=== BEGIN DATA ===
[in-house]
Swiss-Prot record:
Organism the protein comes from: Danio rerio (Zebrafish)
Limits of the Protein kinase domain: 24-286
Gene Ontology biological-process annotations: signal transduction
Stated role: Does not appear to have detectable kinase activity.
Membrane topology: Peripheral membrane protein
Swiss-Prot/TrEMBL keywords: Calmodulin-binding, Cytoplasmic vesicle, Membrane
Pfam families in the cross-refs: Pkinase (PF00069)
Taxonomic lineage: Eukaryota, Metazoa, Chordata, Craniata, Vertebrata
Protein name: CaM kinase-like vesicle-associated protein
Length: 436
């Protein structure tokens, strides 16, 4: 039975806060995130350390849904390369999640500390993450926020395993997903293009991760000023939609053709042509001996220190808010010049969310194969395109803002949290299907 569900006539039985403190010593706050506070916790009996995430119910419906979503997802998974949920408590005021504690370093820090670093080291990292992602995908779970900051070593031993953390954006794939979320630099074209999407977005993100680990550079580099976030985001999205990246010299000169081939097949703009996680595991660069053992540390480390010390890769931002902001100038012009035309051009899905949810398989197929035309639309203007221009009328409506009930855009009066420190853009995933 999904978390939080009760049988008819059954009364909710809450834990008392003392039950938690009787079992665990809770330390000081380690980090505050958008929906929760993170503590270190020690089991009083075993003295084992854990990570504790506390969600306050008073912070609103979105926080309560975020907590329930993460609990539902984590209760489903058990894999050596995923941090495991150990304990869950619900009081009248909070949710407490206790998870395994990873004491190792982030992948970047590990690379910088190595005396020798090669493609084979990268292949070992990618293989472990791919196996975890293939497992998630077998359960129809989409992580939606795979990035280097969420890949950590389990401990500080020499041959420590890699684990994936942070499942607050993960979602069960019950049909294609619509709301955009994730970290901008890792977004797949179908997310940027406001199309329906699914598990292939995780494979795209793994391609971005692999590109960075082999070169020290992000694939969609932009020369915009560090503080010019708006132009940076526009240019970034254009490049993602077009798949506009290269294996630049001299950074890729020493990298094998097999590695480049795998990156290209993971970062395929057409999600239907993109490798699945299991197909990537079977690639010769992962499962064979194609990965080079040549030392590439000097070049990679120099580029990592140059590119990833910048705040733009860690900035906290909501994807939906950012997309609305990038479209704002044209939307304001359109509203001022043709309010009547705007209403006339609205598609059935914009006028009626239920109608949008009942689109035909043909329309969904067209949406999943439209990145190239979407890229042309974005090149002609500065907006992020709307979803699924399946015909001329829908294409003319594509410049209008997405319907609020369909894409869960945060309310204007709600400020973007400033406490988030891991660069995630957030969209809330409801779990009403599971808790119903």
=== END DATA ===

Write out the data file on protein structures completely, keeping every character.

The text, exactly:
[in-house]
Swiss-Prot record:
Organism the protein comes from: Danio rerio (Zebrafish)
Limits of the Protein kinase domain: 24-286
Gene Ontology biological-process annotations: signal transduction
Stated role: Does not appear to have detectable kinase activity.
Membrane topology: Peripheral membrane protein
Swiss-Prot/TrEMBL keywords: Calmodulin-binding, Cytoplasmic vesicle, Membrane
Pfam families in the cross-refs: Pkinase (PF00069)
Taxonomic lineage: Eukaryota, Metazoa, Chordata, Craniata, Vertebrata
Protein name: CaM kinase-like vesicle-associated protein
Length: 436
């Protein structure tokens, strides 16, 4: 039975806060995130350390849904390369999640500390993450926020395993997903293009991760000023939609053709042509001996220190808010010049969310194969395109803002949290299907 569900006539039985403190010593706050506070916790009996995430119910419906979503997802998974949920408590005021504690370093820090670093080291990292992602995908779970900051070593031993953390954006794939979320630099074209999407977005993100680990550079580099976030985001999205990246010299000169081939097949703009996680595991660069053992540390480390010390890769931002902001100038012009035309051009899905949810398989197929035309639309203007221009009328409506009930855009009066420190853009995933 999904978390939080009760049988008819059954009364909710809450834990008392003392039950938690009787079992665990809770330390000081380690980090505050958008929906929760993170503590270190020690089991009083075993003295084992854990990570504790506390969600306050008073912070609103979105926080309560975020907590329930993460609990539902984590209760489903058990894999050596995923941090495991150990304990869950619900009081009248909070949710407490206790998870395994990873004491190792982030992948970047590990690379910088190595005396020798090669493609084979990268292949070992990618293989472990791919196996975890293939497992998630077998359960129809989409992580939606795979990035280097969420890949950590389990401990500080020499041959420590890699684990994936942070499942607050993960979602069960019950049909294609619509709301955009994730970290901008890792977004797949179908997310940027406001199309329906699914598990292939995780494979795209793994391609971005692999590109960075082999070169020290992000694939969609932009020369915009560090503080010019708006132009940076526009240019970034254009490049993602077009798949506009290269294996630049001299950074890729020493990298094998097999590695480049795998990156290209993971970062395929057409999600239907993109490798699945299991197909990537079977690639010769992962499962064979194609990965080079040549030392590439000097070049990679120099580029990592140059590119990833910048705040733009860690900035906290909501994807939906950012997309609305990038479209704002044209939307304001359109509203001022043709309010009547705007209403006339609205598609059935914009006028009626239920109608949008009942689109035909043909329309969904067209949406999943439209990145190239979407890229042309974005090149002609500065907006992020709307979803699924399946015909001329829908294409003319594509410049209008997405319907609020369909894409869960945060309310204007709600400020973007400033406490988030891991660069995630957030969209809330409801779990009403599971808790119903």